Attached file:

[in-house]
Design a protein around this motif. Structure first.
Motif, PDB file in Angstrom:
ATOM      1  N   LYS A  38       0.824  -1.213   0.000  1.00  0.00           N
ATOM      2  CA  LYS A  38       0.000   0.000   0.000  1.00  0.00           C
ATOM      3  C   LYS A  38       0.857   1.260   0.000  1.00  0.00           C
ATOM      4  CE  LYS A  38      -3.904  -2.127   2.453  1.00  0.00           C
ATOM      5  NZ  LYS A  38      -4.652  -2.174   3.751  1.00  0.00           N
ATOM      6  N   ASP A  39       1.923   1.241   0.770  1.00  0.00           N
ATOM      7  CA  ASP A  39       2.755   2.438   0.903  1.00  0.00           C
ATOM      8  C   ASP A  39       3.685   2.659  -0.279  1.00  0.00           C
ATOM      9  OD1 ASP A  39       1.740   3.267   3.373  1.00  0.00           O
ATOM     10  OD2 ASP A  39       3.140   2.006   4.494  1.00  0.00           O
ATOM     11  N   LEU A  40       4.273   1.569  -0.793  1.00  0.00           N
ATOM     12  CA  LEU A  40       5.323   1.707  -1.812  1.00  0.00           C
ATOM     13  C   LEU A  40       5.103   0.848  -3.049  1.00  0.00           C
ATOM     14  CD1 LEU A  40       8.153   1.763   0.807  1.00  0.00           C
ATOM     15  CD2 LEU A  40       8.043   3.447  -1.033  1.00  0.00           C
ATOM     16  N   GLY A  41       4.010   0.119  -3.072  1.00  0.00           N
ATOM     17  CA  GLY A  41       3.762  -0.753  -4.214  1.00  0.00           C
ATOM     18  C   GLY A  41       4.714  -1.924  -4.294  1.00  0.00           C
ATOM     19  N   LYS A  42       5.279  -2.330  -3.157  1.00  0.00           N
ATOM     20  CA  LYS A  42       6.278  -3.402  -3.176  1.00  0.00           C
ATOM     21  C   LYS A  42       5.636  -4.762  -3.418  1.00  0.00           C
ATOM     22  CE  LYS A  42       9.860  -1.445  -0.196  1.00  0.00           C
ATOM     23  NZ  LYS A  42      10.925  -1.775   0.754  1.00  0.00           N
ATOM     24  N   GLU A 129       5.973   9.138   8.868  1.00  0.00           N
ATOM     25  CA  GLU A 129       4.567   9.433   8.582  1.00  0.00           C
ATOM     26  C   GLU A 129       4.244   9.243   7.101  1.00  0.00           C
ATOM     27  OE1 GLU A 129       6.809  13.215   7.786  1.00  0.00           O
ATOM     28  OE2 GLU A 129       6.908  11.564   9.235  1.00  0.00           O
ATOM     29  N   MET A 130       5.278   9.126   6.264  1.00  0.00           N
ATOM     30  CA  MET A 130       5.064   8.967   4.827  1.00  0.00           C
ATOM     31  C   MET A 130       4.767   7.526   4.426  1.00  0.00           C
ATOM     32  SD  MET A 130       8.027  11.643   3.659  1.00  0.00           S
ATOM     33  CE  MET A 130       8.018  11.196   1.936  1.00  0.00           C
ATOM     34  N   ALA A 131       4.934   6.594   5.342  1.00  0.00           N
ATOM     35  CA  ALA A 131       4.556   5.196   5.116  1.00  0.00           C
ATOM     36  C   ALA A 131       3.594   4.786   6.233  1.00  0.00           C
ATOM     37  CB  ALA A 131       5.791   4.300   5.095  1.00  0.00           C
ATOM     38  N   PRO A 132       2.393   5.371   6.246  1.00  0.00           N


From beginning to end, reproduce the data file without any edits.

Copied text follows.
[in-house]
Design a protein around this motif. Structure first.
Motif, PDB file in Angstrom:
ATOM      1  N   LYS A  38       0.824  -1.213   0.000  1.00  0.00           N
ATOM      2  CA  LYS A  38       0.000   0.000   0.000  1.00  0.00           C
ATOM      3  C   LYS A  38       0.857   1.260   0.000  1.00  0.00           C
ATOM      4  CE  LYS A  38      -3.904  -2.127   2.453  1.00  0.00           C
ATOM      5  NZ  LYS A  38      -4.652  -2.174   3.751  1.00  0.00           N
ATOM      6  N   ASP A  39       1.923   1.241   0.770  1.00  0.00           N
ATOM      7  CA  ASP A  39       2.755   2.438   0.903  1.00  0.00           C
ATOM      8  C   ASP A  39       3.685   2.659  -0.279  1.00  0.00           C
ATOM      9  OD1 ASP A  39       1.740   3.267   3.373  1.00  0.00           O
ATOM     10  OD2 ASP A  39       3.140   2.006   4.494  1.00  0.00           O
ATOM     11  N   LEU A  40       4.273   1.569  -0.793  1.00  0.00           N
ATOM     12  CA  LEU A  40       5.323   1.707  -1.812  1.00  0.00           C
ATOM     13  C   LEU A  40       5.103   0.848  -3.049  1.00  0.00           C
ATOM     14  CD1 LEU A  40       8.153   1.763   0.807  1.00  0.00           C
ATOM     15  CD2 LEU A  40       8.043   3.447  -1.033  1.00  0.00           C
ATOM     16  N   GLY A  41       4.010   0.119  -3.072  1.00  0.00           N
ATOM     17  CA  GLY A  41       3.762  -0.753  -4.214  1.00  0.00           C
ATOM     18  C   GLY A  41       4.714  -1.924  -4.294  1.00  0.00           C
ATOM     19  N   LYS A  42       5.279  -2.330  -3.157  1.00  0.00           N
ATOM     20  CA  LYS A  42       6.278  -3.402  -3.176  1.00  0.00           C
ATOM     21  C   LYS A  42       5.636  -4.762  -3.418  1.00  0.00           C
ATOM     22  CE  LYS A  42       9.860  -1.445  -0.196  1.00  0.00           C
ATOM     23  NZ  LYS A  42      10.925  -1.775   0.754  1.00  0.00           N
ATOM     24  N   GLU A 129       5.973   9.138   8.868  1.00  0.00           N
ATOM     25  CA  GLU A 129       4.567   9.433   8.582  1.00  0.00           C
ATOM     26  C   GLU A 129       4.244   9.243   7.101  1.00  0.00           C
ATOM     27  OE1 GLU A 129       6.809  13.215   7.786  1.00  0.00           O
ATOM     28  OE2 GLU A 129       6.908  11.564   9.235  1.00  0.00           O
ATOM     29  N   MET A 130       5.278   9.126   6.264  1.00  0.00           N
ATOM     30  CA  MET A 130       5.064   8.967   4.827  1.00  0.00           C
ATOM     31  C   MET A 130       4.767   7.526   4.426  1.00  0.00           C
ATOM     32  SD  MET A 130       8.027  11.643   3.659  1.00  0.00           S
ATOM     33  CE  MET A 130       8.018  11.196   1.936  1.00  0.00           C
ATOM     34  N   ALA A 131       4.934   6.594   5.342  1.00  0.00           N
ATOM     35  CA  ALA A 131       4.556   5.196   5.116  1.00  0.00           C
ATOM     36  C   ALA A 131       3.594   4.786   6.233  1.00  0.00           C
ATOM     37  CB  ALA A 131       5.791   4.300   5.095  1.00  0.00           C
ATOM     38  N   PRO A 132       2.393   5.371   6.246  1.00  0.00           N